"In 'Novi Zagreb (Ljudi iza prozora)' [New Zagreb (People behind the window)] Sanja Iveković depicts the limousine used by President Tito of Yugoslavia during a visit to Zagreb in 1979. The artist intervened in the official newspaper photograph illustrating the visit by enlarging it and colouring the balconies of the building behind the car on which, against the instructions of presidential security, residents are seen standing. With these simple gestures, Iveković points to the repressive nature of the socialist government that dominated her country for 47 years.
Sanja Iveković, who has been working since the 1970s, is part of a generation of artists known as ‘Nova umjetnička praksa’ [New Artistic Practice] who, in post-1968 Yugoslavia, freed themselves from the influence of the State, especially from socialist iconography, opening up to new disciplines ― performance, video, photography ― and looking into themes directly related to society. Her politically engaged oeuvre addresses issues of gender, identity and memory. Iveković’s videos and photomontages are well known for denouncing identity-building mechanisms spread by the media, namely the ideals of beauty promoted by women’s magazines. Her early work contributed decisively to an awareness of sexism within the growing advertising industry. The relationship between gender, power, government repression and political dissent in the context of socialist Yugoslavia is another of her major concerns.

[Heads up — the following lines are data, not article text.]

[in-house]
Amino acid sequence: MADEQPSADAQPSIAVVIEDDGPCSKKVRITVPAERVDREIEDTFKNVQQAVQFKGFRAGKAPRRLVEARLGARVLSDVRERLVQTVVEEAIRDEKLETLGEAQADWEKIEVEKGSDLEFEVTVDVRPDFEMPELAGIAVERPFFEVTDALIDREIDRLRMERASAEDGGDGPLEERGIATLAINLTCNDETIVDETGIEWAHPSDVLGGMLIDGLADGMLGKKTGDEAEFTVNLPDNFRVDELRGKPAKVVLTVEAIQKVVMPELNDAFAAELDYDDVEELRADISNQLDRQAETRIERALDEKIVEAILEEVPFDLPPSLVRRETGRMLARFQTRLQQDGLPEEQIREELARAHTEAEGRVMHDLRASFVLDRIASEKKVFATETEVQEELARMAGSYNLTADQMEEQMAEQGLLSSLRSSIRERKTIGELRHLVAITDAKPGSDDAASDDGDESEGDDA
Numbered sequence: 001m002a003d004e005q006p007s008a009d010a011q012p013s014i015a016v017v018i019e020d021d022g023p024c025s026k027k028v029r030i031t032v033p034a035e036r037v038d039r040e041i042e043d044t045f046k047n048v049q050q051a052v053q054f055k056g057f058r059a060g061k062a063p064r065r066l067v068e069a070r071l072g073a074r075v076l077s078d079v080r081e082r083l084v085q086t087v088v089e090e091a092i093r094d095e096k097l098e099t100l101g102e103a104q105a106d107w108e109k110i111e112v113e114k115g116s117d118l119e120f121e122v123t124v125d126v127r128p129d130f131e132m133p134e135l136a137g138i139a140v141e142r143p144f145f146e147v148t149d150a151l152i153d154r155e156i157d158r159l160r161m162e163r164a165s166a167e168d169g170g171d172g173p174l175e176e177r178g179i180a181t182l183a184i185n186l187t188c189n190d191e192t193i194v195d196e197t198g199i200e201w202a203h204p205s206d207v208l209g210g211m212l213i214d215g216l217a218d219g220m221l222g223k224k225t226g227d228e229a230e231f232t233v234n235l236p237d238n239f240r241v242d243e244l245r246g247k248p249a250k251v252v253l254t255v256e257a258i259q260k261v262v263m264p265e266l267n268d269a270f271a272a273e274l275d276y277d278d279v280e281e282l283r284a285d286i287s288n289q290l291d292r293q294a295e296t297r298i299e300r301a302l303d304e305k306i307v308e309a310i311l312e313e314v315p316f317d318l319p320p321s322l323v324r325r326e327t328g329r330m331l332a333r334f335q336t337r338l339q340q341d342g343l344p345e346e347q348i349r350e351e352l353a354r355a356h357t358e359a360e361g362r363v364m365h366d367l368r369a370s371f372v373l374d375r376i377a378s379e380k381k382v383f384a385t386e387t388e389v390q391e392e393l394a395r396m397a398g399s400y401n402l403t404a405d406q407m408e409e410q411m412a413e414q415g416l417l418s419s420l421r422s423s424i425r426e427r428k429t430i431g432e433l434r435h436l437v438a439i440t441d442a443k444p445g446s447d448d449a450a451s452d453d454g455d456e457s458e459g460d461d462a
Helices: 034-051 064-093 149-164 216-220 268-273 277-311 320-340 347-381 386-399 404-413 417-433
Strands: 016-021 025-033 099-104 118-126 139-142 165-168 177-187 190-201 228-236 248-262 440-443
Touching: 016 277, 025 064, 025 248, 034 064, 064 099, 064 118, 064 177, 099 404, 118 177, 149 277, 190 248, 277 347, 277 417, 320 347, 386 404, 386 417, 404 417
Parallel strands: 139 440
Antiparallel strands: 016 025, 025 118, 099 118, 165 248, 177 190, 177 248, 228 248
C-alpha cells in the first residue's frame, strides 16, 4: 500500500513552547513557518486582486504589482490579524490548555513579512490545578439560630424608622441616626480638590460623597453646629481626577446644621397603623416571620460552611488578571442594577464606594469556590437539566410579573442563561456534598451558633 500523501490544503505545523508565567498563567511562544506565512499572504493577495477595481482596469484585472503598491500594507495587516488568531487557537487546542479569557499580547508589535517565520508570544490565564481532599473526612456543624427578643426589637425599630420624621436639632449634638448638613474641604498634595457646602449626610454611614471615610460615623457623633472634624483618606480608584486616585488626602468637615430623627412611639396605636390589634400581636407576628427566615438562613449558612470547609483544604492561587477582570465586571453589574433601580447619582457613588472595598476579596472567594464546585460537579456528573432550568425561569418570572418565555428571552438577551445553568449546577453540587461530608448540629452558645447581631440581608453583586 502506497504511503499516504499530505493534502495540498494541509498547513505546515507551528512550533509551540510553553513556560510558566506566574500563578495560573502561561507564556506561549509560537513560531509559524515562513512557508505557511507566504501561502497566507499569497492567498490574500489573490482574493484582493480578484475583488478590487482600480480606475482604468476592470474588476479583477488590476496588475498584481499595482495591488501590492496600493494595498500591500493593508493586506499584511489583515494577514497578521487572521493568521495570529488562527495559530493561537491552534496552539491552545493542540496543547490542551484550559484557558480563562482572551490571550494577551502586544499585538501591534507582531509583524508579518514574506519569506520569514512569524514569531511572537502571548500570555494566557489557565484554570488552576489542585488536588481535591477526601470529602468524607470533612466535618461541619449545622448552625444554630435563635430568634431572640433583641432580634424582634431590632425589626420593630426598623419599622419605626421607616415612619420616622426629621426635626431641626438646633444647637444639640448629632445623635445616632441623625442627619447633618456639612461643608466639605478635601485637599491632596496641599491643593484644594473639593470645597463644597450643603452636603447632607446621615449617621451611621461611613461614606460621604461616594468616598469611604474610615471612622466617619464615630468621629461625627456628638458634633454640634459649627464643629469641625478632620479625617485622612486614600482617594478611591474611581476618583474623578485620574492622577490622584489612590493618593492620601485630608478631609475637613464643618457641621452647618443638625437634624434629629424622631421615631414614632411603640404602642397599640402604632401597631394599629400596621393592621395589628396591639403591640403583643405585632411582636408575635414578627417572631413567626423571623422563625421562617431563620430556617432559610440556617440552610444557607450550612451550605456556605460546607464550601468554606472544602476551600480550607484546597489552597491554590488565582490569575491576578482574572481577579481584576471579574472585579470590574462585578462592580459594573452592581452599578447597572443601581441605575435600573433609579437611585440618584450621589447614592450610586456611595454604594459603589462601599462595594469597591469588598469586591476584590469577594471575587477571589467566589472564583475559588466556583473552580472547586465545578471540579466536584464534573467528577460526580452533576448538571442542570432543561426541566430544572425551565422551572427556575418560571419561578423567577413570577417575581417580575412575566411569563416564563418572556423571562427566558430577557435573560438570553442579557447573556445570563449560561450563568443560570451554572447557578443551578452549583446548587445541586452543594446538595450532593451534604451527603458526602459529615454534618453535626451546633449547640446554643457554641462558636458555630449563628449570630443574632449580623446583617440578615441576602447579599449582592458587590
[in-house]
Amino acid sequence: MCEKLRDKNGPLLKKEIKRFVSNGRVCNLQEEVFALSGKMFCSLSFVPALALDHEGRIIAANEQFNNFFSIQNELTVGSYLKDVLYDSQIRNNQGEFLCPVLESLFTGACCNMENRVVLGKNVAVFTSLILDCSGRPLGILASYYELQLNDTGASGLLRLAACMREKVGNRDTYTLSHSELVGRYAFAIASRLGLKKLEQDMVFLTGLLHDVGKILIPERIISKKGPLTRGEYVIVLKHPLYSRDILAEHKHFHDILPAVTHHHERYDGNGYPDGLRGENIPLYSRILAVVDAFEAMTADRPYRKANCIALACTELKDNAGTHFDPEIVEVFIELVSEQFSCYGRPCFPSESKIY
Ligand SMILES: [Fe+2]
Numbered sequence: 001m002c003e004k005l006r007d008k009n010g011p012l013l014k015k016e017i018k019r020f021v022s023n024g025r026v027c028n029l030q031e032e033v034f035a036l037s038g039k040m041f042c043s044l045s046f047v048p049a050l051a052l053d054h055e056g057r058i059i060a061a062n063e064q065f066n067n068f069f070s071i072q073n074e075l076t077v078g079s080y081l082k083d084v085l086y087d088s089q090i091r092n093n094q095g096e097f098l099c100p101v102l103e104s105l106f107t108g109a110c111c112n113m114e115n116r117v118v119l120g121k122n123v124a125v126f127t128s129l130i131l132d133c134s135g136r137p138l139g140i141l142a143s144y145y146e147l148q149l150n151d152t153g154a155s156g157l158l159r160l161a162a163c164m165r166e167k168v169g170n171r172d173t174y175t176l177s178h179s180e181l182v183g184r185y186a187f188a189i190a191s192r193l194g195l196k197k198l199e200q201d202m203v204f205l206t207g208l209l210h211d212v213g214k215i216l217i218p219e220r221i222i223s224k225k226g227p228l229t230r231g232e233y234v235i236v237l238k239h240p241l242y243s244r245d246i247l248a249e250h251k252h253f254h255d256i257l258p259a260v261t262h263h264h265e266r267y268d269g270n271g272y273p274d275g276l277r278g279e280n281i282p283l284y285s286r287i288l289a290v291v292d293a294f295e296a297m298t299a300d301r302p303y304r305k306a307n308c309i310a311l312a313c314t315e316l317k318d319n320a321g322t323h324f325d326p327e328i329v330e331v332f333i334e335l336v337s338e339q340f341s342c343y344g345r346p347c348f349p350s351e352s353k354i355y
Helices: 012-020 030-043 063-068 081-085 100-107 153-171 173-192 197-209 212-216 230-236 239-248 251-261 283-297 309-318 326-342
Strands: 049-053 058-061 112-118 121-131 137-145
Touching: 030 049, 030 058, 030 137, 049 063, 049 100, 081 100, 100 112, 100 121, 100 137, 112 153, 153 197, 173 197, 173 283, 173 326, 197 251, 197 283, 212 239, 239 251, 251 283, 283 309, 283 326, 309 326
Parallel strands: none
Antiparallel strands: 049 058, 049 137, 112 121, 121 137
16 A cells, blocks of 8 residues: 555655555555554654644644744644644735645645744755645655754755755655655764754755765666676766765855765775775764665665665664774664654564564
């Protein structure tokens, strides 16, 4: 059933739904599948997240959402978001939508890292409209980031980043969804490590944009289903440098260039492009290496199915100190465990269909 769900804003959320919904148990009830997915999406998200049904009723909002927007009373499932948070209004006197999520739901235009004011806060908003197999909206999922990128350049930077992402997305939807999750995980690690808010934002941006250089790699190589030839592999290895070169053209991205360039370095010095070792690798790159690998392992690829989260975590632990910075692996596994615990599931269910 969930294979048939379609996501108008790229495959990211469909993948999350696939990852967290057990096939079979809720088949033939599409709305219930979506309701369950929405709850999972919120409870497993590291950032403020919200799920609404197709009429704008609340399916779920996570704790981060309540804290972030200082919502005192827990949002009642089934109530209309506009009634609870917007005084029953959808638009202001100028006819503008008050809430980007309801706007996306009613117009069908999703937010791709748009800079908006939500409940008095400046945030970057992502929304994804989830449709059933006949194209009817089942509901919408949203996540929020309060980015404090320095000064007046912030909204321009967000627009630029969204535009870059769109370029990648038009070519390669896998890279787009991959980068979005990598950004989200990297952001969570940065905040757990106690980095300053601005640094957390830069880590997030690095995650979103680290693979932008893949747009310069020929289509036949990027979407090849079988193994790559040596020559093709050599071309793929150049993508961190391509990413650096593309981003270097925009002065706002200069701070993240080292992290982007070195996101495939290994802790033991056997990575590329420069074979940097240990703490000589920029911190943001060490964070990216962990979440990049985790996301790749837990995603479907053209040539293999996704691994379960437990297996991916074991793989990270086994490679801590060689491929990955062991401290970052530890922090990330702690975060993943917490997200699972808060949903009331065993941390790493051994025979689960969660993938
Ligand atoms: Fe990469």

In her most recent works, which are marked by the fall of the Berlin Wall in 1989 and the disintegration of Yugoslavia in the 1990s, Iveković has expanded her interests to include the construction of collective memory and the glossing over of historical events."